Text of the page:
I have a thing for audiobooks. I always have one playing in my car radio. Recently I devoured — not once, but twice — “JGV: A Life in 12 Recipes,” by Jean-Georges Vongerichten, who at age 62 recounts his journey as a chef and restaurateur through 12 recipes.
Vongerichten has become one of the world’s most famous chefs, but his skills extend far beyond the kitchen. A savvy businessman and restaurateur, he is responsible for the operation and success of a constellation of three- and four-star restaurants worldwide.
I believe the book should be required reading for culinary students. While you’ll discover how he developed his style of cooking, which has influenced chefs all over the world, the book is more than a memoir. It’s an eye-opening look into the world’s greatest restaurant kitchens and filled with lessons learned.
Vongerichten grew up in Alsace, France, where his mother fed her family and the employees of the family- owned coal mine business. She served a three-course lunch for 40 at 12:30 p.m. and a dinner for 20 at 7:30 p.m.
His mother taught him the most important skills of cooking. For instance, “She told me a sauce must be three times as powerfully flavored as the meat you’re serving it with,” he writes.
Her secret ingredient for goose stew, one of his favorite dishes of hers? Leftover coffee. Later he would use coffee and chicory for steaks and other meats at his Michelin-star eateries.
She also influenced him about how to taste food.
“It’s a matter of understanding the salt level, the level of acidity, the intensity of the spice or pepper, and the ideal balance between these three fundamental components,” he writes.
Vongerichten’s first restaurant job was at age 16 in one of the best restaurants in France, L’Auberge de l’Ill, where he had an epiphany.
“This is where I belong,” he writes. “I knew it. I thought, this is going to be my life.”
He credits Louis Outhier, owner of Restaurant L’Oasis in the south of France, as the chef who most influenced him. It was Outhier who taught him the meaning of a la minute — dishes prepared at the moment. That meant there were no stocks or even vegetables prepared ahead of time at his eatery.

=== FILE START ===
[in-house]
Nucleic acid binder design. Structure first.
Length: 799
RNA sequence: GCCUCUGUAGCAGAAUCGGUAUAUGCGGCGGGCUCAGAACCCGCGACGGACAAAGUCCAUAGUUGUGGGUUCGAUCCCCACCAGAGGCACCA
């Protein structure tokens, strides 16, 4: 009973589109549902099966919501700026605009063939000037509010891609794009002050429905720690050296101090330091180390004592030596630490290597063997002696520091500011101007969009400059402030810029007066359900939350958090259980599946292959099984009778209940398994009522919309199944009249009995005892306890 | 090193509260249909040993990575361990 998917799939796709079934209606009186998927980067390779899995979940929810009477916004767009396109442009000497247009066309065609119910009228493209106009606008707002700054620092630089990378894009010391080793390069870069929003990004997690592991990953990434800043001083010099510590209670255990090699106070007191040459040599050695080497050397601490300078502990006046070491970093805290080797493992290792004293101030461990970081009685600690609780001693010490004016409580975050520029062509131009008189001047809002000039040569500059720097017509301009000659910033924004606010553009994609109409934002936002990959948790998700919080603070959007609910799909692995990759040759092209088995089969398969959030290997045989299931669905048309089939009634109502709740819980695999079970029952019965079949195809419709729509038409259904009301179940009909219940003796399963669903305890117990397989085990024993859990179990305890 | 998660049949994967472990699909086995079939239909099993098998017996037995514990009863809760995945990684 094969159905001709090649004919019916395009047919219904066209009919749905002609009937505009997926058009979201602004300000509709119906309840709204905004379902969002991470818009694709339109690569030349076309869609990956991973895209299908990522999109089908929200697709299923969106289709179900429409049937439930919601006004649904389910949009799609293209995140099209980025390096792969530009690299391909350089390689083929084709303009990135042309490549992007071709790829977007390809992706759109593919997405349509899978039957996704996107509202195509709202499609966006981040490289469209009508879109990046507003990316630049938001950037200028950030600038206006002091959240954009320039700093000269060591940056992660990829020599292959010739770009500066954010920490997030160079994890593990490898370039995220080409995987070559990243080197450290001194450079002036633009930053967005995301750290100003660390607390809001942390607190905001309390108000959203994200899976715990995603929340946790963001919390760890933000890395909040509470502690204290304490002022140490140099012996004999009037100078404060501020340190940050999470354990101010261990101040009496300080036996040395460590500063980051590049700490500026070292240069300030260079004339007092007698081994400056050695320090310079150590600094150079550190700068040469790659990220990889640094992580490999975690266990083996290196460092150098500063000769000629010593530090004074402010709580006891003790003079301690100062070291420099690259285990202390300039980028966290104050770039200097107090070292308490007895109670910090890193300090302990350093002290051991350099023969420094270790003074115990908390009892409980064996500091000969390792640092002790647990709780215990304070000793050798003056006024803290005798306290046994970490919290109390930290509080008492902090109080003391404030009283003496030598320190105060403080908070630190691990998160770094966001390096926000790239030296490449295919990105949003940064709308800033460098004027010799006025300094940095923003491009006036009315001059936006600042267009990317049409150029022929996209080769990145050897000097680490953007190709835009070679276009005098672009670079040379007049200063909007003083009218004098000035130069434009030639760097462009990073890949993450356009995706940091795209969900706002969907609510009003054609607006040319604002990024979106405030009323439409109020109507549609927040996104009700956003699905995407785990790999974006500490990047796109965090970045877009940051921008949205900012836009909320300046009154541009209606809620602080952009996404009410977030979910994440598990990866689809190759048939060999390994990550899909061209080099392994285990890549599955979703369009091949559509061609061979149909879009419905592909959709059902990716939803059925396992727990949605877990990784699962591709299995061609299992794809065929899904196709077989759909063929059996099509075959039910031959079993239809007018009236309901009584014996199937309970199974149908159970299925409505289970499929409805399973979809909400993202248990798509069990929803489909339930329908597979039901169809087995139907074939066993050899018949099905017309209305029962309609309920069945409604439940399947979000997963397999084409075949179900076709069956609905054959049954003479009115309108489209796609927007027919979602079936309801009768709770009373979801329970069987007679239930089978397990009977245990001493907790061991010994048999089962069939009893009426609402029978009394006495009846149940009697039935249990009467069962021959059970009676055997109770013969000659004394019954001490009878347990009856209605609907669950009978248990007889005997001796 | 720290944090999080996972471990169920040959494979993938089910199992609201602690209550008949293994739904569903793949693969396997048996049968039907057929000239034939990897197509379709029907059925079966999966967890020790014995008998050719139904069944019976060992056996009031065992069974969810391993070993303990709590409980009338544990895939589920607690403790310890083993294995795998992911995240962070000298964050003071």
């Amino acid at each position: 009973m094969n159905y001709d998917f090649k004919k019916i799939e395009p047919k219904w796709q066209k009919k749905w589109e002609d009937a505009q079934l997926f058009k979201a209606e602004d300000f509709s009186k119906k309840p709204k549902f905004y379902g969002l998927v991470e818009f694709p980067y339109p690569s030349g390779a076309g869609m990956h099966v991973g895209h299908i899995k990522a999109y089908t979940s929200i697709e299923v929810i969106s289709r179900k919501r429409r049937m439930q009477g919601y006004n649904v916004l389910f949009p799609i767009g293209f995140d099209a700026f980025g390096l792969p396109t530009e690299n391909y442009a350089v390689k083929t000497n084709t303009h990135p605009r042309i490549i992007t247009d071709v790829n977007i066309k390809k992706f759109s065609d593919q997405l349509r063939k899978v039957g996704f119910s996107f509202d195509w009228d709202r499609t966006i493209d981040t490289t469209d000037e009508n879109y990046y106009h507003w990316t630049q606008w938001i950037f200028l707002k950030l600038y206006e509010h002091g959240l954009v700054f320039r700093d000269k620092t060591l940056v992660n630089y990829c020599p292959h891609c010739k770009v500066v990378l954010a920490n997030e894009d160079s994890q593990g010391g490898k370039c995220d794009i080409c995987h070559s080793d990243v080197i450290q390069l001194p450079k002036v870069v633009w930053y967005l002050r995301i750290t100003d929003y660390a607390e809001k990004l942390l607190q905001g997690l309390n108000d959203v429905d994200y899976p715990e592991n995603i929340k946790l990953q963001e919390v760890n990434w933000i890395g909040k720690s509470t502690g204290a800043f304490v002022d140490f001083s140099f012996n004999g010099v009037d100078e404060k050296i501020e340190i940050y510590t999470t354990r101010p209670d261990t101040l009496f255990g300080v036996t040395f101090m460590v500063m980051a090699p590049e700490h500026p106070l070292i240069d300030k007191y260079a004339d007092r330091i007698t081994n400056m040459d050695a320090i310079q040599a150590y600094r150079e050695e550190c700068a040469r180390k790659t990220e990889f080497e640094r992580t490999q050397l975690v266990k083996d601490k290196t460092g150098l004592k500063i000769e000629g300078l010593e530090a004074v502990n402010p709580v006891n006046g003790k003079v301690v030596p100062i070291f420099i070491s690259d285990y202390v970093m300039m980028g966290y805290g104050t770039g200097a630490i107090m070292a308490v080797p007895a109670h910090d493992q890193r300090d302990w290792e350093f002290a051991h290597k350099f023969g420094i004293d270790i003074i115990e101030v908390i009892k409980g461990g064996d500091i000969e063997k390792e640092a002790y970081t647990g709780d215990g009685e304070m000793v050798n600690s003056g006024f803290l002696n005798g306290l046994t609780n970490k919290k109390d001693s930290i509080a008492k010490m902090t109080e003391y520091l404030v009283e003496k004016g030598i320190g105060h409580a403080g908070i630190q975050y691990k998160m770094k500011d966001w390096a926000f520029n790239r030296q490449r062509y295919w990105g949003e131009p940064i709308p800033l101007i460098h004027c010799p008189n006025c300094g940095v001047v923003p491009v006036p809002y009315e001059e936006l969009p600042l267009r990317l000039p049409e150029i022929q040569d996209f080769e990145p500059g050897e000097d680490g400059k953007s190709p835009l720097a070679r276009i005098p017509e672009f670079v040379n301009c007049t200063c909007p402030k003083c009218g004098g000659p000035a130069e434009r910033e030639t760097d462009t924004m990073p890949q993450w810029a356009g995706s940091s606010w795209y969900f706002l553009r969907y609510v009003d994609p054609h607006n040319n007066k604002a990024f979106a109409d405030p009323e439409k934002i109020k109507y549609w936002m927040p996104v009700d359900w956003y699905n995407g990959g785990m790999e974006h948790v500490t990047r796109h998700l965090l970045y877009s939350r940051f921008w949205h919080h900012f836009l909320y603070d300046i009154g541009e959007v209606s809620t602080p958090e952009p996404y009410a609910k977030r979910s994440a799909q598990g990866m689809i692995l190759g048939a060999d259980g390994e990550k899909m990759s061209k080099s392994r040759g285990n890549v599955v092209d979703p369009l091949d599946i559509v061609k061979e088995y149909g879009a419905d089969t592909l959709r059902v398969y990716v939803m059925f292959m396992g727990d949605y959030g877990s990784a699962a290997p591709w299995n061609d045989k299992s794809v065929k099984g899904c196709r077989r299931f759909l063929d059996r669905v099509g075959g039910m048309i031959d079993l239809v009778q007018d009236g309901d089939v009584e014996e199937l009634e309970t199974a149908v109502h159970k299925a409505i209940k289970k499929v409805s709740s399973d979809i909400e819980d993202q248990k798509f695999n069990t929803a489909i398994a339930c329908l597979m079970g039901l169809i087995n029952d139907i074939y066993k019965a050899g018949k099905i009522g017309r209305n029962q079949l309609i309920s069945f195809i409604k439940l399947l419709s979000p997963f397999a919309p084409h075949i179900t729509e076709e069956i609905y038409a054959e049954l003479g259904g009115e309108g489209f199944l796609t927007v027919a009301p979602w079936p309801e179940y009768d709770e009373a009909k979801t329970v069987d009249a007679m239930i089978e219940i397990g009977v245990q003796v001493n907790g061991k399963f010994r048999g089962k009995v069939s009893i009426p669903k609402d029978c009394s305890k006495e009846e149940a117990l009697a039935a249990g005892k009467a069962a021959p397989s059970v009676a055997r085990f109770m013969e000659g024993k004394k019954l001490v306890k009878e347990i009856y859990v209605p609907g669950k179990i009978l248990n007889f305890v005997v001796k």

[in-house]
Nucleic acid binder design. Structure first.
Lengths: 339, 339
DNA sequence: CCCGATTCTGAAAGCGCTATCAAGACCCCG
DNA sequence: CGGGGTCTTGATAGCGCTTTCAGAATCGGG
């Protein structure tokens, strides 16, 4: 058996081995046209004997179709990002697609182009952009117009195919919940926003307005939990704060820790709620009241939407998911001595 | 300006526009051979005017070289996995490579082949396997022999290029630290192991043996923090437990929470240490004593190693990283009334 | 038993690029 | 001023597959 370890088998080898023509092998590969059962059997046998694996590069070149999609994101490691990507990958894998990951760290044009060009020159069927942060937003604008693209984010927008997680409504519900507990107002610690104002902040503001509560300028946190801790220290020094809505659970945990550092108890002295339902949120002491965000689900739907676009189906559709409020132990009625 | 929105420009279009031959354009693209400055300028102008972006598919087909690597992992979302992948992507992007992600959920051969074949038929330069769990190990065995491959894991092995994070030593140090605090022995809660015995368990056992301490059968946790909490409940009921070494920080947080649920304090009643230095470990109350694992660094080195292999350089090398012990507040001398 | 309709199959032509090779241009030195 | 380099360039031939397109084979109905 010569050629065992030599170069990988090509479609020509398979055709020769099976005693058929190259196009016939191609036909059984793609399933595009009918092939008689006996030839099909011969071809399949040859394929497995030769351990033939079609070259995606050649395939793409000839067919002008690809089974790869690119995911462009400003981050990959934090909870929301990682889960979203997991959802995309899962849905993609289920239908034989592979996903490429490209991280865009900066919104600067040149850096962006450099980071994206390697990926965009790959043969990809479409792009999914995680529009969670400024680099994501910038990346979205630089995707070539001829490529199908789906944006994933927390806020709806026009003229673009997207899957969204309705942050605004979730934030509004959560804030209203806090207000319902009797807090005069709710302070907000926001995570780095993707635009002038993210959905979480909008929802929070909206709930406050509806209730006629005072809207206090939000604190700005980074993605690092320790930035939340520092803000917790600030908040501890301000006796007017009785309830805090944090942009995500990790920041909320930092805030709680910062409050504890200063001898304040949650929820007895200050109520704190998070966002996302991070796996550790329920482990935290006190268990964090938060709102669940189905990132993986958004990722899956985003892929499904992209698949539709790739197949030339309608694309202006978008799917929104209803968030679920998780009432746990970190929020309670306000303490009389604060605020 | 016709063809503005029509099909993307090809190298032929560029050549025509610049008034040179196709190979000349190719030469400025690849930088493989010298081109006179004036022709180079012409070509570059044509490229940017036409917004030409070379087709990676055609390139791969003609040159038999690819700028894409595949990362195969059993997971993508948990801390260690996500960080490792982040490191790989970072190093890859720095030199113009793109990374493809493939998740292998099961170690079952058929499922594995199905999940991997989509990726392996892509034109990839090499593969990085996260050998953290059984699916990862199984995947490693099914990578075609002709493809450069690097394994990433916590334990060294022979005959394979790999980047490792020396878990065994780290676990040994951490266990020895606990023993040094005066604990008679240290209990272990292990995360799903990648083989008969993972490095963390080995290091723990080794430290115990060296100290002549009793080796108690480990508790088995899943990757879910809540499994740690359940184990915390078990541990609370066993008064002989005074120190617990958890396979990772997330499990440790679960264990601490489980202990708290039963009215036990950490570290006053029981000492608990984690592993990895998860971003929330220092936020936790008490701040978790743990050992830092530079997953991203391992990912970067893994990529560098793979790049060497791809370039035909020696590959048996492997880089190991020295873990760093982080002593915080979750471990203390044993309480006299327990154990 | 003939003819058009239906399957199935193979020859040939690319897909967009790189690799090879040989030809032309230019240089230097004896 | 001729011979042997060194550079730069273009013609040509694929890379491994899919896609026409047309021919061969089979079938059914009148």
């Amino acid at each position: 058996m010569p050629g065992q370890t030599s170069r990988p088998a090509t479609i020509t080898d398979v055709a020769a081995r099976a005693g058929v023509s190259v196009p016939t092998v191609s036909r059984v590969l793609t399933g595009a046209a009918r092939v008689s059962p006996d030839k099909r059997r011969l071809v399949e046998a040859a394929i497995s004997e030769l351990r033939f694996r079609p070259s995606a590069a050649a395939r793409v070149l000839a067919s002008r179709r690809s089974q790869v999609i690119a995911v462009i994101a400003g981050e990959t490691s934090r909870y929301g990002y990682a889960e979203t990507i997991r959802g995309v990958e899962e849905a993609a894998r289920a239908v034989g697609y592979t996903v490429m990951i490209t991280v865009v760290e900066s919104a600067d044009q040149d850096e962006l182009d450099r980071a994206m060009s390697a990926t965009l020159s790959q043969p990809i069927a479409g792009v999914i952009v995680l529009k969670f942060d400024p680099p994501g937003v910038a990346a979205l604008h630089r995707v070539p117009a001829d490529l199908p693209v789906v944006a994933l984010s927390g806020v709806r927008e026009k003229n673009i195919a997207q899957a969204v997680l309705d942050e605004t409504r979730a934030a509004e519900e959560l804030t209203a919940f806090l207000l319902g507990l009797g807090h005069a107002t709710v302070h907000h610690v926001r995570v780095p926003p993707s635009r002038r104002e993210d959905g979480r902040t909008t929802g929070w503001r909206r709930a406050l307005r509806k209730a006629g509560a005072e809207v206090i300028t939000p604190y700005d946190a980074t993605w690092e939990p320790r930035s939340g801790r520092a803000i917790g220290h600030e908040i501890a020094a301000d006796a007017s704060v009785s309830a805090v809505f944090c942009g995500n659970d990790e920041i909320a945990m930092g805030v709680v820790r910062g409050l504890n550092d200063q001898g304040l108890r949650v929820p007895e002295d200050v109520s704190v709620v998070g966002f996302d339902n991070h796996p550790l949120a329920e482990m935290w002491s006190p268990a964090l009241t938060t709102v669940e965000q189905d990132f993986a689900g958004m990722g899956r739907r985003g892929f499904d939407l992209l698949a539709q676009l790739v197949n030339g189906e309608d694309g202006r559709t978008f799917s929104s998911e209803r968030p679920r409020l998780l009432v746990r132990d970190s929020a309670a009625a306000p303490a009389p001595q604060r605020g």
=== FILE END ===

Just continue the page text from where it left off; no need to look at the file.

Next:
“We could not even mince a shallot before an order was placed,” he writes.
Other chefs he worked under make his resume sound like a roll call of the most famous chefs. One is Paul Bocuse in Lyon. Vongerichten perfected Bocuse’s famous poulard de Bresse en vessie — a whole chicken laced with truffles and cooked in an animal bladder.
But Vongerichten became known for his Asian flavors, and that began with Outhier, who sent the 23-year-old chef to open a French restaurant in Bangkok. Vongerichten fell in love with Asian street food, with its new-to-him flavors of ginger, galangal, coconut milk and Thai chili paste.
“This is how my style of cooking was born,” he writes. “Tom Yum Kung is the soup that changed my life, and is a lesson in simplicity. So simple, yet I make it for my best chefs today, those who have been with me for years, and still they taste, they shake their heads and marvel.”
In 1986, Outhier sent Vongerichten to Manhattan to open Lafayette in the Drake Hotel, which earned four stars from The New York Times when he was just 29. In 1991 ,he launched his first restaurant in the Upper East Side, a bistro called JoJo. It was named Best New Restaurant of the Year and earned three stars from The New York Times. During the years hence, he has opened 26 restaurants in the U.S. including New York City, Bridgehampton and Pound Ridge, N.Y., Philadelphia, Las Vegas, Miami Beach and Los Angeles. Plus more international places in 11 countries.
The book includes a link to a PDF with recipes, which I downloaded. The recipes alone are worth the $26.95 price tag for the book. Each of the 12 are pages long with detailed directions for culinary techniques and hand drawings for plating.
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